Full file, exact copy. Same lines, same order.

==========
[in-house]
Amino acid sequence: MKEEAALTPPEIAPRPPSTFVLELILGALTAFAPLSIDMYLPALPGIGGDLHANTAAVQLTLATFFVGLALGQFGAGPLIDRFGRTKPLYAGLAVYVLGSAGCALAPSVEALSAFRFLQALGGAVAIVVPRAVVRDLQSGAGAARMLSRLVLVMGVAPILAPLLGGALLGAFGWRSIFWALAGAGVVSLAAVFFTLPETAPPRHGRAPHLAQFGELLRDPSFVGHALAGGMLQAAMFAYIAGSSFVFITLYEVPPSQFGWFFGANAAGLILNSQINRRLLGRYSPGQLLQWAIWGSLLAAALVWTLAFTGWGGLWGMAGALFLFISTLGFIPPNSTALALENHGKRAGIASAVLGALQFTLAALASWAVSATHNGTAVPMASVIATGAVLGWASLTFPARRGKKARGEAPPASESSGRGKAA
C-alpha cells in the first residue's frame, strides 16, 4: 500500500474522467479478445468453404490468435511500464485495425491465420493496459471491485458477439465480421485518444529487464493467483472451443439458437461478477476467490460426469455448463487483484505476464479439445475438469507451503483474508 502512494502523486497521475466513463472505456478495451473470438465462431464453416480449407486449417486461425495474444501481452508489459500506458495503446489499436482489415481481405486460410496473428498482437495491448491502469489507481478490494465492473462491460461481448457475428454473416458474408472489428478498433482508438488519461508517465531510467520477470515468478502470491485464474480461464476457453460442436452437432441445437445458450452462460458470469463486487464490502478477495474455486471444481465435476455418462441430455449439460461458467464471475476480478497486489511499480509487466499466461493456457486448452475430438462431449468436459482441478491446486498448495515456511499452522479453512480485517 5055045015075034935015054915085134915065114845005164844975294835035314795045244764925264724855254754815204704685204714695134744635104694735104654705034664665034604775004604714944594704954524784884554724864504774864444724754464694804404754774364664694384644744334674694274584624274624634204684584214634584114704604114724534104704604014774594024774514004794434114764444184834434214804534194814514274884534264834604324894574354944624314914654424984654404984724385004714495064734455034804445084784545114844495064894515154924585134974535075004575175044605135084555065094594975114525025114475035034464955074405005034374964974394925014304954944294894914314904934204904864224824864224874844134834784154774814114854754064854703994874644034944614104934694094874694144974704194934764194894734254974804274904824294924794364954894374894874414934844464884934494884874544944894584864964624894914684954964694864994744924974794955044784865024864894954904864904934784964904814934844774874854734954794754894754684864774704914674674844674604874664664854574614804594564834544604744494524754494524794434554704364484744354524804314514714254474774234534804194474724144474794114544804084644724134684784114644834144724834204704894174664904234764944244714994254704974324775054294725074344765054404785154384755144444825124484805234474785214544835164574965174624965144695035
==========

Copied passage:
[in-house]
Amino acid sequence: MKEEAALTPPEIAPRPPSTFVLELILGALTAFAPLSIDMYLPALPGIGGDLHANTAAVQLTLATFFVGLALGQFGAGPLIDRFGRTKPLYAGLAVYVLGSAGCALAPSVEALSAFRFLQALGGAVAIVVPRAVVRDLQSGAGAARMLSRLVLVMGVAPILAPLLGGALLGAFGWRSIFWALAGAGVVSLAAVFFTLPETAPPRHGRAPHLAQFGELLRDPSFVGHALAGGMLQAAMFAYIAGSSFVFITLYEVPPSQFGWFFGANAAGLILNSQINRRLLGRYSPGQLLQWAIWGSLLAAALVWTLAFTGWGGLWGMAGALFLFISTLGFIPPNSTALALENHGKRAGIASAVLGALQFTLAALASWAVSATHNGTAVPMASVIATGAVLGWASLTFPARRGKKARGEAPPASESSGRGKAA
C-alpha cells in the first residue's frame, strides 16, 4: 500500500474522467479478445468453404490468435511500464485495425491465420493496459471491485458477439465480421485518444529487464493467483472451443439458437461478477476467490460426469455448463487483484505476464479439445475438469507451503483474508 502512494502523486497521475466513463472505456478495451473470438465462431464453416480449407486449417486461425495474444501481452508489459500506458495503446489499436482489415481481405486460410496473428498482437495491448491502469489507481478490494465492473462491460461481448457475428454473416458474408472489428478498433482508438488519461508517465531510467520477470515468478502470491485464474480461464476457453460442436452437432441445437445458450452462460458470469463486487464490502478477495474455486471444481465435476455418462441430455449439460461458467464471475476480478497486489511499480509487466499466461493456457486448452475430438462431449468436459482441478491446486498448495515456511499452522479453512480485517 5055045015075034935015054915085134915065114845005164844975294835035314795045244764925264724855254754815204704685204714695134744635104694735104654705034664665034604775004604714944594704954524784884554724864504774864444724754464694804404754774364664694384644744334674694274584624274624634204684584214634584114704604114724534104704604014774594024774514004794434114764444184834434214804534194814514274884534264834604324894574354944624314914654424984654404984724385004714495064734455034804445084784545114844495064894515154924585134974535075004575175044605135084555065094594975114525025114475035034464955074405005034374964974394925014304954944294894914314904934204904864224824864224874844134834784154774814114854754064854703994874644034944614104934694094874694144974704194934764194894734254974804274904824294924794364954894374894874414934844464884934494884874544944894584864964624894914684954964694864994744924974794955044784865024864894954904864904934784964904814934844774874854734954794754894754684864774704914674674844674604874664664854574614804594564834544604744494524754494524794434554704364484744354524804314514714254474774234534804194474724144474794114544804084644724134684784114644834144724834204704894174664904234764944244714994254704974324775054294725074344765054404785154384755144444825124484805234474785214544835164574965174624965144695035